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The Unison Fund, the Canadian Live Music Association and Music Canada Welcome Direct Funding from the Province of Ontario

March 12th, 2021, Ottawa: The Canadian Live Music Association (CLMA), and Music Canada welcome support received from Lisa MacLeod, Minister of Heritage, Sport, Tourism and Culture Industries with today’s announcement of funding for the Unison Fund, Canada’s music industry charity and the CLMA, in support of the broader music community. 

$2M to the Unison Fund
Funding to Unison will provide much-needed emergency assistance to artists, creators, and industry from local communities across Ontario. Artists and the broader live music ecology have been deeply impacted, and this vital support to Unison comes at a time when it is desperately needed. 

“We sincerely thank Minister MacLeod and the Government of Ontario for their support and acknowledgement of the Unison Fund and the crucial and very necessary role the organization plays in providing critical assistance to vulnerable members of our music community in times of crisis. In March 2020, Unison, began the largest relief effort in our history and while we are no stranger to helping people during difficult times, truly nothing has reached the scope of the last twelve months. The investment will go a long way toward directly supporting those in the Ontario music community with the greatest need, as the urgency for assistance remains high,”  said Amanda Power, Executive Director, Unison Fund.

“As a provider of both emergency support and 24/7 free mental health counselling for the entire music industry, Unison has had and will continue to have a crucial role in making sure no one in our community falls through the cracks,” said Miranda Mulholland, artist and chair of Music Canada’s Advisory Council.

$500k to the CLMA for Province-Wide Music Cities Framework Development
The CLMA has been working tirelessly since the beginning of the crisis to save cultural infrastructure and protect jobs, seeking ways for the industry at large to not only recover from the devastating blow COVID has dealt, but to ultimately return, bigger and stronger than ever.  Many continue to face a staggering 92% average revenue loss within the industry, and 64% say they are at risk of permanent closure. Today’s announcement creates the opportunity for the association to take additional action for, and on behalf of, live music’s collective future:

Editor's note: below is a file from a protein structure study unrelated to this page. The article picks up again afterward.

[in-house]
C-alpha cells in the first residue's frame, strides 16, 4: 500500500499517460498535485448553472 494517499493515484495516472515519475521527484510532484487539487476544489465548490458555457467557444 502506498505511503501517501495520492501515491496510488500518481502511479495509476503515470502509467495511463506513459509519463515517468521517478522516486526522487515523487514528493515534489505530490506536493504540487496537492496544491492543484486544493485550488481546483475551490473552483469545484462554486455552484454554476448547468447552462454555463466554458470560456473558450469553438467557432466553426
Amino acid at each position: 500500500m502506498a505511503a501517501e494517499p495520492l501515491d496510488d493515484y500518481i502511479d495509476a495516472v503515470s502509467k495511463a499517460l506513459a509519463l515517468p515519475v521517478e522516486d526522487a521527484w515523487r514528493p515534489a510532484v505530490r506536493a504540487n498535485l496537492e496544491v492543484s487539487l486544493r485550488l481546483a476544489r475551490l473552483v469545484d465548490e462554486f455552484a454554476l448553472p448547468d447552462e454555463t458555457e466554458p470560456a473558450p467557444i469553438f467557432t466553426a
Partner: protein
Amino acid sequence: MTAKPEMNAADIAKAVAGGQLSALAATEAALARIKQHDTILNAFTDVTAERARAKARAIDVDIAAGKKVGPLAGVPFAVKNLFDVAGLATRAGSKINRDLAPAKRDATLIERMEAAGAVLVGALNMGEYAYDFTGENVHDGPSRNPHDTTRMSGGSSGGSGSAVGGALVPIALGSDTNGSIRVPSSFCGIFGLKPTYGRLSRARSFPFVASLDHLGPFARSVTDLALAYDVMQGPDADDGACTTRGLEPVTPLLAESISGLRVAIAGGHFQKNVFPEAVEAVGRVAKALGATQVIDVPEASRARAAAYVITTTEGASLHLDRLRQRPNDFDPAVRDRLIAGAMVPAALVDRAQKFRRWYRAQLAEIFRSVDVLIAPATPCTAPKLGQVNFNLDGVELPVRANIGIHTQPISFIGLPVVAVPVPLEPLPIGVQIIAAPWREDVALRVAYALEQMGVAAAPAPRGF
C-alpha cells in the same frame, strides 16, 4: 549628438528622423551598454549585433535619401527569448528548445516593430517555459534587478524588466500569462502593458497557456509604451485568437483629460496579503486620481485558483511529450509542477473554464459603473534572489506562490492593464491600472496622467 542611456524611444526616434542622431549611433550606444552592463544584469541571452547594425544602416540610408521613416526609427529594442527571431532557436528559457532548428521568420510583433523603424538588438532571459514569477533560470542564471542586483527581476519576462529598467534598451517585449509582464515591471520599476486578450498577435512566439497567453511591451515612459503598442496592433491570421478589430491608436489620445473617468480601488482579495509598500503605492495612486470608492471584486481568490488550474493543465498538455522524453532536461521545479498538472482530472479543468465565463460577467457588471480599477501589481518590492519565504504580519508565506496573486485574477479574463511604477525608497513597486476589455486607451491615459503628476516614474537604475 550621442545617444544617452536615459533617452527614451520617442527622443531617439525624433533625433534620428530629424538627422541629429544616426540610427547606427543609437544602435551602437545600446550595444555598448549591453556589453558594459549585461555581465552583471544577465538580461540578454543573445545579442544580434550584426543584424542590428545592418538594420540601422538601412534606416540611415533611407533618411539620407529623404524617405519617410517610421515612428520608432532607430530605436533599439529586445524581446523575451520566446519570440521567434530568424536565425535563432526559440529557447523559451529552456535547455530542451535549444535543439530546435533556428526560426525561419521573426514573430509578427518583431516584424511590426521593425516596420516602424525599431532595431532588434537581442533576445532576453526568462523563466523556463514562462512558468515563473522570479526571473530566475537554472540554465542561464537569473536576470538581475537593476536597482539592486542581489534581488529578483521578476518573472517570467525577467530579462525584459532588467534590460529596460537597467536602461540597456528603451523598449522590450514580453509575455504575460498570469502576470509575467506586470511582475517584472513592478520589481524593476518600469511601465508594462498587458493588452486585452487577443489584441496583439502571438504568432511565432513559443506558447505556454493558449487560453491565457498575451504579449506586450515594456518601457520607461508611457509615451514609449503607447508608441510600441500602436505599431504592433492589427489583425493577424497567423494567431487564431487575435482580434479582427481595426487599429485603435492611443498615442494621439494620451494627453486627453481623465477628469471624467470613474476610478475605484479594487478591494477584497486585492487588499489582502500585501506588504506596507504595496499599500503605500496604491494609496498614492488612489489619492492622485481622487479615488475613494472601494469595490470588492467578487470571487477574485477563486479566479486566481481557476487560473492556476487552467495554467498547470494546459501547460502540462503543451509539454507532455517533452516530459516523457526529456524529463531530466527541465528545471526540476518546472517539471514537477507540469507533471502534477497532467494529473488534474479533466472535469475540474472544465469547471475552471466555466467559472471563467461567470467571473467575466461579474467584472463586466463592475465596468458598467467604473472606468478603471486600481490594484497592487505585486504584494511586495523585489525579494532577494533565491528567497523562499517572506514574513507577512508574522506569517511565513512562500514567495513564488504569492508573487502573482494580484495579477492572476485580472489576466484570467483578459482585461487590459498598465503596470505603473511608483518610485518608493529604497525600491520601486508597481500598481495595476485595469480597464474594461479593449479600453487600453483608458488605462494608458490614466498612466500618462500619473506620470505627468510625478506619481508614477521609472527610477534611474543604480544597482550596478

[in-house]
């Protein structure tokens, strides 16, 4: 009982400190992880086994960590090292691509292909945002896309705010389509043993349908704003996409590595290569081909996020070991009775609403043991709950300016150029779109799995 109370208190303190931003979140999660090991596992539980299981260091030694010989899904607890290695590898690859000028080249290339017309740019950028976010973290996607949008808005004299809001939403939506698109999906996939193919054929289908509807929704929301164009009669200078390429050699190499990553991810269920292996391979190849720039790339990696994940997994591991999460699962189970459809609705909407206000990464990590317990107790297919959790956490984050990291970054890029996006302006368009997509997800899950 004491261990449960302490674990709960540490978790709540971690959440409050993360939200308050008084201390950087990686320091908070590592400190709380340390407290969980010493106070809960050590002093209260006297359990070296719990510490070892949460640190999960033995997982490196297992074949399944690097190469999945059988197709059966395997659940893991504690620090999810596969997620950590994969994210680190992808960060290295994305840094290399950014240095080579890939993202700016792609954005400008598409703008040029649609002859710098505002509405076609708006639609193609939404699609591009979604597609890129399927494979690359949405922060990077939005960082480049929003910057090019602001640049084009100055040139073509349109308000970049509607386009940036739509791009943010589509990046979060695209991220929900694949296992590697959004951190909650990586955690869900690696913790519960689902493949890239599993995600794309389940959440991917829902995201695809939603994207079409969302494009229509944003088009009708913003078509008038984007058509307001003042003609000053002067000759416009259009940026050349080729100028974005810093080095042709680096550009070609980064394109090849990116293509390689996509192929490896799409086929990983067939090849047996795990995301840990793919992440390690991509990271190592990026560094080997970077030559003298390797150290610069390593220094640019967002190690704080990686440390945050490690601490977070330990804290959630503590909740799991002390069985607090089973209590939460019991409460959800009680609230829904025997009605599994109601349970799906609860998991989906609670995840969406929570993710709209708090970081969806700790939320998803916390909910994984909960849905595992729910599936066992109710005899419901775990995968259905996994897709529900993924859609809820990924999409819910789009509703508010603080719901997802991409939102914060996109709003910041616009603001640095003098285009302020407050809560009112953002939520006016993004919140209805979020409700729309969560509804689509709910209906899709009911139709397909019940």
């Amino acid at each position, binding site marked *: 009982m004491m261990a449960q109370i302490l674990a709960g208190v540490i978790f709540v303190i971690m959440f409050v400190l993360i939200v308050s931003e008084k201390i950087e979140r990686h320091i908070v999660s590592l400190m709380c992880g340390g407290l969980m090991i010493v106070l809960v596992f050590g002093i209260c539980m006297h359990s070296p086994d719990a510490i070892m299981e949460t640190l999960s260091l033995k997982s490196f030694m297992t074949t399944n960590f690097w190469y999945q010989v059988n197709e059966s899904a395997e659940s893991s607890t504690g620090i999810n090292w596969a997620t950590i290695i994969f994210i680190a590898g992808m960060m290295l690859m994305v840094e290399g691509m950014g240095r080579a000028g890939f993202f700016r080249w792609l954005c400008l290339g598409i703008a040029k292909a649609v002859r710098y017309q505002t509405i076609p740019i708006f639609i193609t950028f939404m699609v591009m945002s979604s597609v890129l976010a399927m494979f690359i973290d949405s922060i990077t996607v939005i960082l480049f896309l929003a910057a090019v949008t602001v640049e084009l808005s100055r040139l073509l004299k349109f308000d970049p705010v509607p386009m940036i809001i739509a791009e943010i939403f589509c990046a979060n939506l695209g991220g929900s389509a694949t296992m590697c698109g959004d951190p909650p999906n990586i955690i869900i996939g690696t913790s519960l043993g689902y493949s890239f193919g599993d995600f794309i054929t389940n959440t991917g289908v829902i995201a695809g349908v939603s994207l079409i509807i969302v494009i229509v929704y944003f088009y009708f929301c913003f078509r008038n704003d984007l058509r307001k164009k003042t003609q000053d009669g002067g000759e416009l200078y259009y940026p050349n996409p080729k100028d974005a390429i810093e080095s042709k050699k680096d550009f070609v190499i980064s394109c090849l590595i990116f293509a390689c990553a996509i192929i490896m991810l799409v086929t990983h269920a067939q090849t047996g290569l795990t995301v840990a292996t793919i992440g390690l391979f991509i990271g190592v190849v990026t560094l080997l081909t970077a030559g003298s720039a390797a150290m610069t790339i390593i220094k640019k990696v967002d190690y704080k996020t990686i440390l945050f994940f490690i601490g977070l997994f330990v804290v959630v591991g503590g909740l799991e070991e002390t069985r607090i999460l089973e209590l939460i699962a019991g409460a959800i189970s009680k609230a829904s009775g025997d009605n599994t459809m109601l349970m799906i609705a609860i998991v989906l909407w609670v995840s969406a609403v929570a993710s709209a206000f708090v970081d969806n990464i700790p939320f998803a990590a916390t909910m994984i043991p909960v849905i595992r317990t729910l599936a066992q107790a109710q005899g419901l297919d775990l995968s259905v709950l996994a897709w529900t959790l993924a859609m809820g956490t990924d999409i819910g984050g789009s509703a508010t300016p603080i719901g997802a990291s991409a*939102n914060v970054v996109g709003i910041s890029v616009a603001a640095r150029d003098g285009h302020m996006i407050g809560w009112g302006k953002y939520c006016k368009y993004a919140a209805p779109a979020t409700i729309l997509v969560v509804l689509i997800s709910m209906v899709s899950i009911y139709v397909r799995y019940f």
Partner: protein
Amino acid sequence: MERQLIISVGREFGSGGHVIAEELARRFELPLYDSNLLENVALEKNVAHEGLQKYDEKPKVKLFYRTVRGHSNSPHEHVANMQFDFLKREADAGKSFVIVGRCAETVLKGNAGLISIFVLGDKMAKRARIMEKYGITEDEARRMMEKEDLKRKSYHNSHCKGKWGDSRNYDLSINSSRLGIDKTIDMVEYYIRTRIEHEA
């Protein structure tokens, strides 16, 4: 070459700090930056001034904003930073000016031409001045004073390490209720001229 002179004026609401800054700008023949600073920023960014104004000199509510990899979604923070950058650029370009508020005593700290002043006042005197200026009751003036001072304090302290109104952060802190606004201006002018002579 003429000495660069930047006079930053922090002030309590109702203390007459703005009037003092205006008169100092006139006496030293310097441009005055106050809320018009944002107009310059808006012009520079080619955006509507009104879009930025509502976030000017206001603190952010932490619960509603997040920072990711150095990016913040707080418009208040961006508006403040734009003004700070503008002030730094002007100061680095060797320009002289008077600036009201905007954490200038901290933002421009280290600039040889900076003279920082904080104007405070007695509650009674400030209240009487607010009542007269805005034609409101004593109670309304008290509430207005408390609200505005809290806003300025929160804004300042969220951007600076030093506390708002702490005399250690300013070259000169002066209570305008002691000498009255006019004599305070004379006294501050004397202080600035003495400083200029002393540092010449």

“It has been a year, and it isn’t over, something our Minister recognizes. Minister MacLeod also understands that supporting the business of live music is essential so our industry can get back to doing what they do best: creating exponential economic, social and cultural impact for artists, communities and tourism. We were just beginning to harness the true power of live music when COVID struck,” said Erin Benjamin, President & CEO of the CLMA. “With this support we will be able to take all that we have learned and continue to entrench the value our members bring to cities, towns and neighbourhoods across the province through the Music Cities lens.” 

Music Canada’s ‘Music Cities’ framework will provide a proven model to help support communities across the province better leverage their own local live music assets. Designed with world-renowned research that identifies key strategies large and small cities have used to grow their music economies, plans will be implemented to guide the development of local policy and bylaws, and community support that focuses on artists, venues and festivals, the wider supply chain and tourism. 

“A strong, healthy music industry can generate diverse benefits for a community including economic growth, job creation, increased spending, greater tax revenues, and cultural health. Our Music Cities framework has helped communities achieve this success,” said Patrick Rogers, CEO of Music Canada. “Recent research conducted by Music Canada shows that Canadians view live music venues as economic and cultural lifelines within their communities, and they understand that the pandemic will have severe impacts on the long-term viability of the live music sector which affects Canadian culture in the long run. This announcement of support from the provincial government is timely, and necessary support.”

Aimed at bridging the gap to bring the live music sector out of the pandemic, CLMA and Music Canada will seek to explore and recommend initiatives for towns and cities across the province along several categories. These include:

  • Advancing policies that support music and musicians, 
  • Expanding music offices and music Advisory Boards across the province, 
  • Developing initiatives that engage a broader community, 
  • Furthering programs that provide access to music spaces, 
  • Developing audience retention strategies for when it is safe to return to venues, festivals and music spaces, 
  • Nurturing and leveraging strategic relationships with the tourism, business and other key sectors to align and advance rebuild and recovery efforts.